July 6, 2022

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Africa’s oldest wildlife sanctuary is struggling to survive as it tries to fend off increasingly sophisticated international poaching networks amid a lack of funds and apathy among impoverished local residents.
ruger National Park in South Africa was established in 1926 and until the pandemic was one of the world’s most profitable reserves, attracting more than one million visitors a year.
Stretching to about 19,485 sq km, it is home to about 30,000 elephants, 490 different species of birds, including 15 types of eagle, and five-million acres of magnificent forests and grasslands.
But tourist numbers have plummeted thanks to coronavirus travel restrictions, leaving both rangers and people living on the park’s borders significantly more vulnerable to being bribed by poaching syndicates.
These groups are creating ever more complex schemes to get hold of animal parts to illegally ship to buyers in China and Vietnam, with one animal of particular interest: rhinos.
The rhino population fell by nearly 800 to 2,809 last year.
Only 250 deaths are officially poaching-related, but no one can explain what has happened to the others.
“We’re doing everything we can, but from a resource point of view we’re overstretched,” said Dr Luthando Dziba, head of conservation services for South Africa’s national parks. “To be honest, it gives us sleepless nights.”
At that rate of depletion, Kruger could have no more rhinos — one of the Big Five animals that safari parks rely on — within three or four years.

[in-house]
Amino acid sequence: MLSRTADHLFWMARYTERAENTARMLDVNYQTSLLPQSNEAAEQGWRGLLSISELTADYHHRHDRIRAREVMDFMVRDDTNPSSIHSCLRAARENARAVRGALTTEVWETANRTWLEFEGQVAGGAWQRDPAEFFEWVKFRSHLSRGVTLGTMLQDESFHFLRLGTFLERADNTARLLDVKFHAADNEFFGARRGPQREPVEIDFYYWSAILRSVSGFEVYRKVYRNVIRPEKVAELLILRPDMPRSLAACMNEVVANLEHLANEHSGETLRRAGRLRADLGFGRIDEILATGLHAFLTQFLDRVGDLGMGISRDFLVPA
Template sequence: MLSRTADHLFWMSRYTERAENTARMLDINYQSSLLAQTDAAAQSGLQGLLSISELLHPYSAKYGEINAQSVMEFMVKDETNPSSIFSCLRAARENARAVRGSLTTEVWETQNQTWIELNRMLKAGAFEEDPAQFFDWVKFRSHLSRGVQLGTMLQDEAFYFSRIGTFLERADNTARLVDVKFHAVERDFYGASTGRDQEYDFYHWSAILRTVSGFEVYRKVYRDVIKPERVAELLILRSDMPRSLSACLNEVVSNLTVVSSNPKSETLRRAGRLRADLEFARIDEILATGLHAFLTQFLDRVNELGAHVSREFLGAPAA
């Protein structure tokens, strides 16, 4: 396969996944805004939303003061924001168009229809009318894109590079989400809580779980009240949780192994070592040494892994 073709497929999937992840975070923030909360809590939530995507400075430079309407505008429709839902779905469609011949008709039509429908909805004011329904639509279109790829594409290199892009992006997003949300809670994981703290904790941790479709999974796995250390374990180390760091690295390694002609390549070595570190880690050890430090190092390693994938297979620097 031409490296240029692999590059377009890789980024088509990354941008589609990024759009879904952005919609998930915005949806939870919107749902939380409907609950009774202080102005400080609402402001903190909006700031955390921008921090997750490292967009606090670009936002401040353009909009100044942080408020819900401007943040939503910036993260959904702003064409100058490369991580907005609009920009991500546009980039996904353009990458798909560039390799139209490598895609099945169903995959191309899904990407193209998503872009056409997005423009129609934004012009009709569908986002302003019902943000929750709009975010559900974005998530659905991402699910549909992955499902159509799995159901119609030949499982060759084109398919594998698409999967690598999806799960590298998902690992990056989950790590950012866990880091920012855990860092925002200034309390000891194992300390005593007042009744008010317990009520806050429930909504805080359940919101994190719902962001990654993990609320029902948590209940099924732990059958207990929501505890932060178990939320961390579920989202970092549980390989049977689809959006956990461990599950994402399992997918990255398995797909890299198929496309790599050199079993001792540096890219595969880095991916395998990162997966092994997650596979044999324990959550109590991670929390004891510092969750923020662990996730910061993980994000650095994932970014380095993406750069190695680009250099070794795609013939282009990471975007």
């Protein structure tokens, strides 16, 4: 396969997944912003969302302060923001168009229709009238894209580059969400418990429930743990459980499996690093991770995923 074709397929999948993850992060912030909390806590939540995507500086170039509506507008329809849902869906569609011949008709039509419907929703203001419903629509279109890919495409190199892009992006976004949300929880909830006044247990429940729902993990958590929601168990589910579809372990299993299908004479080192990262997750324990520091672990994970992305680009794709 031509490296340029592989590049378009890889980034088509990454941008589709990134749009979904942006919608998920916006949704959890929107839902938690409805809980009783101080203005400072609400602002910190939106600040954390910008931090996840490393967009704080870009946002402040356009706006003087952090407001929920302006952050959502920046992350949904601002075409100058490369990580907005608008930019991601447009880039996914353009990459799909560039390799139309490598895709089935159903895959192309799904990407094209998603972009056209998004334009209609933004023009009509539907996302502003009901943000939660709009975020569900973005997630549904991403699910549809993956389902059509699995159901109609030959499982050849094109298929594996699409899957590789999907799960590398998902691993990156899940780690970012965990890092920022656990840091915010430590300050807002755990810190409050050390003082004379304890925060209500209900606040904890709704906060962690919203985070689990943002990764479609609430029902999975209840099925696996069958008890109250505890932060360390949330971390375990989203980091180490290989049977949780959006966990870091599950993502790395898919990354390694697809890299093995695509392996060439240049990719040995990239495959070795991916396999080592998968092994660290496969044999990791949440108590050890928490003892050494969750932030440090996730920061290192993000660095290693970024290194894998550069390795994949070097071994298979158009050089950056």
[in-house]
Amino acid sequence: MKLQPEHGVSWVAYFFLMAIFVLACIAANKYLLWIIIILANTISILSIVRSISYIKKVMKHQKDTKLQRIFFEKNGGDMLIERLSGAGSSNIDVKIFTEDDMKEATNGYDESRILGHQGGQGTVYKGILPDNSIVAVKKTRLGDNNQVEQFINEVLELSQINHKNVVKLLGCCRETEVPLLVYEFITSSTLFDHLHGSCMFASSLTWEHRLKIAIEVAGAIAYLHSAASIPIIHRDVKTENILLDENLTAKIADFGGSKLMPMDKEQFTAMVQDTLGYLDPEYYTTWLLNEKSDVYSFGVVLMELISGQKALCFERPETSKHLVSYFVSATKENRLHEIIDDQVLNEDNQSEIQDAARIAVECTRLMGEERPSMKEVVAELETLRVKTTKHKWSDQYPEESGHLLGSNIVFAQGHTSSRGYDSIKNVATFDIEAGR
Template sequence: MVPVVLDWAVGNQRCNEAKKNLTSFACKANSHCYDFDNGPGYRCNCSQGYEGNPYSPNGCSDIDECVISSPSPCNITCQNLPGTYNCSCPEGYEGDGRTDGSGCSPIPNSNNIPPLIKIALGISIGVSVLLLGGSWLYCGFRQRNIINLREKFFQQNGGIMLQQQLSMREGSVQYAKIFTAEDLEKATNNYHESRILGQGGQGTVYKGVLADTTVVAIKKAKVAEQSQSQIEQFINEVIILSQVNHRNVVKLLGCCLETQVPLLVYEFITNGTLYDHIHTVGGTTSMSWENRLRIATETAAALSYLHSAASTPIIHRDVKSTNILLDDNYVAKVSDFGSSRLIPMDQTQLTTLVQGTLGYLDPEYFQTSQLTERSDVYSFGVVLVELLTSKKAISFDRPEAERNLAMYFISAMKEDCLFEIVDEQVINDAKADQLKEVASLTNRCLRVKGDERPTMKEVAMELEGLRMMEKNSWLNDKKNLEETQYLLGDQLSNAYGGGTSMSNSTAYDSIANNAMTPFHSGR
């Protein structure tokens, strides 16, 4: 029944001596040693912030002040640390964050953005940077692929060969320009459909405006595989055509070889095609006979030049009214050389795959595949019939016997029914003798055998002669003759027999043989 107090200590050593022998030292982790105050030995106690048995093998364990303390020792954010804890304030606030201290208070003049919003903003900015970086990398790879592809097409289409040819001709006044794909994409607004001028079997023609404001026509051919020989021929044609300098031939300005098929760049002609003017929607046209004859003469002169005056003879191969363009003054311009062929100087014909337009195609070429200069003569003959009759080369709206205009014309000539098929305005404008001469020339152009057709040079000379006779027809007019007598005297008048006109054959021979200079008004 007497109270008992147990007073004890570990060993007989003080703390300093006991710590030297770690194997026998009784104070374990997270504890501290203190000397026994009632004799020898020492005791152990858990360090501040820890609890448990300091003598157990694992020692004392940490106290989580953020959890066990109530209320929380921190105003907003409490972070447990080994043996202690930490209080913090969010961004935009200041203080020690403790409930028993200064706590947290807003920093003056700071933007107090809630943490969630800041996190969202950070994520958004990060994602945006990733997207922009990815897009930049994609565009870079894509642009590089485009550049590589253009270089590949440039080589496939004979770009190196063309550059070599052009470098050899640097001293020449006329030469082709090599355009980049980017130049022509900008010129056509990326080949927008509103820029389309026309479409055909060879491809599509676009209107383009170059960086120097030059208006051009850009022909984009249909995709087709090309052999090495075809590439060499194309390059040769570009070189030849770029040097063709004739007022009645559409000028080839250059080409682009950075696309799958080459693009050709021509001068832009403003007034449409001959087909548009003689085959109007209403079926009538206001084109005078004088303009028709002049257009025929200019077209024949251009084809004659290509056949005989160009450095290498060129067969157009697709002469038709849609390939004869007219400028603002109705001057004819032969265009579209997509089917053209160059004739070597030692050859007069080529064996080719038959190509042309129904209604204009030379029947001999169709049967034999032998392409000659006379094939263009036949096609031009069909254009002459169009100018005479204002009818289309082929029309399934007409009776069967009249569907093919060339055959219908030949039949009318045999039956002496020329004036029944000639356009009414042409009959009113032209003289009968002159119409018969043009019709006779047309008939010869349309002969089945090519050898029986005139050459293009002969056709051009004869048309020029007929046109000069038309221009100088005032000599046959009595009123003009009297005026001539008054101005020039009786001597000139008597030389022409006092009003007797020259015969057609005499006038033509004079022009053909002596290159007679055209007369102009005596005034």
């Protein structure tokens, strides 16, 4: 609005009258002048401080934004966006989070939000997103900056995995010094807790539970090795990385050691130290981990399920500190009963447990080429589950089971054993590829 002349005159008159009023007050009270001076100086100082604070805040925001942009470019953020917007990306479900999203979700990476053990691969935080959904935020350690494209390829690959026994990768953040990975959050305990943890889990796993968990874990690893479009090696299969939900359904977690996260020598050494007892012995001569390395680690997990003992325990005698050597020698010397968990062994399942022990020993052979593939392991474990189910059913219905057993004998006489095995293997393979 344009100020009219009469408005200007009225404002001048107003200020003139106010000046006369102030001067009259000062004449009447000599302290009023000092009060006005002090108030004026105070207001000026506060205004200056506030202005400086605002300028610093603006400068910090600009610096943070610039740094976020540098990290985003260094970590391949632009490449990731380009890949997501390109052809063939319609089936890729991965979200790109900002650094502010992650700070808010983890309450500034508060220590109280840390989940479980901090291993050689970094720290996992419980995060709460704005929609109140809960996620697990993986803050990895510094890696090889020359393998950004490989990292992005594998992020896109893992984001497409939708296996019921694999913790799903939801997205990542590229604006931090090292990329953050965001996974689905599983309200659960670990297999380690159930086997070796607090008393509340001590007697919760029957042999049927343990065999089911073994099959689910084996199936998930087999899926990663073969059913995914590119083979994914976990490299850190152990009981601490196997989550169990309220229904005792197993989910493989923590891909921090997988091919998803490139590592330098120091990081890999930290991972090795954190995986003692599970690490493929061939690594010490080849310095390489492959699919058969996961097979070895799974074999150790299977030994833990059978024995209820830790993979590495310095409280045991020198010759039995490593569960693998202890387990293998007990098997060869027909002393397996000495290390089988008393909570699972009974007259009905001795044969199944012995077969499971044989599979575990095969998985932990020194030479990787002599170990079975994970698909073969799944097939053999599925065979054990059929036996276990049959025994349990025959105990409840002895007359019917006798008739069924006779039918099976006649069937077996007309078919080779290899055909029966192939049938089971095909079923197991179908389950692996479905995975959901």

“The consequences of that are chilling for the park’s international reputation,” said wildlife writers Don Pinnock and Helena Kriel in a recent report on the issue. “Kruger would no longer be a Big Five game reserve.”
Poaching happens daily in Kruger, with sometimes up to seven groups active there in a day. Since 2014, there have been 19,154 logged poacher incursions, an average of 2,736 a year.
Tip-offs for where to find rhinos and other animals often come from the two million or so poor locals who live in the towns around the park.
Kruger straddles two largely rural provinces, Mpumalanga and Limpopo, where most residents have never been in the park.
That means that when poachers come by in expensive cars and offer cash in exchange for information, they find plenty of willing helpers.
Dr Audrey Delsink, wildlife director for the Humane Society International: Africa, said that such crime was “seen as low risk, high reward”.
That’s especially true given the “extensive legal proceedings” and “painfully slow” trials for the few people arrested for the crimes.
A new strategy drafted more than five years ago to improve anti-poaching measures has not yet been approved by the government.
But tip-offs can also come from poorly paid and demoralised rangers — there are currently 82 unfilled posts.
This reliance on inside information is “partly a result of our successes with enforcement actions”, said Gareth Coleman, the managing executive of Kruger Park.
“Climbing over a fence and going to find a rhino is more difficult now.
“So the strategy is moving to [an insider] seeing a rhino, giving the co-ordinates, and then there’s money in a bank account.”
An army veteran in the area, who asked not to be identified, said that the poachers coming into Kruger were increasingly well armed.
“They are terrorists, and none of the game guards, nor the bosses of Kruger, has had military training or experience,” he said. Until this training happens, poaching will continue.”
Kruger’s operating budget has been cut by 66pc, while last year SANParks, the company that runs all of South Africa’s national parks, registered a loss of more than R280 million (€15m). In 2019-20, it generated a surplus of R290 million.
It’s a reflection of the issues facing the country as it struggles to emerge from the ravages of the pandemic.
“Kruger exists within South Africa and what happens in the park is a microcosm of what happens in the country,” said Mr Coleman.
“How do we turn the economy of Kruger outward so we can ensure the people who are closest to the park can begin to benefit?
“How can we put rhinos under the protection of communities?”
Telegraph Media Group Limited [2021]

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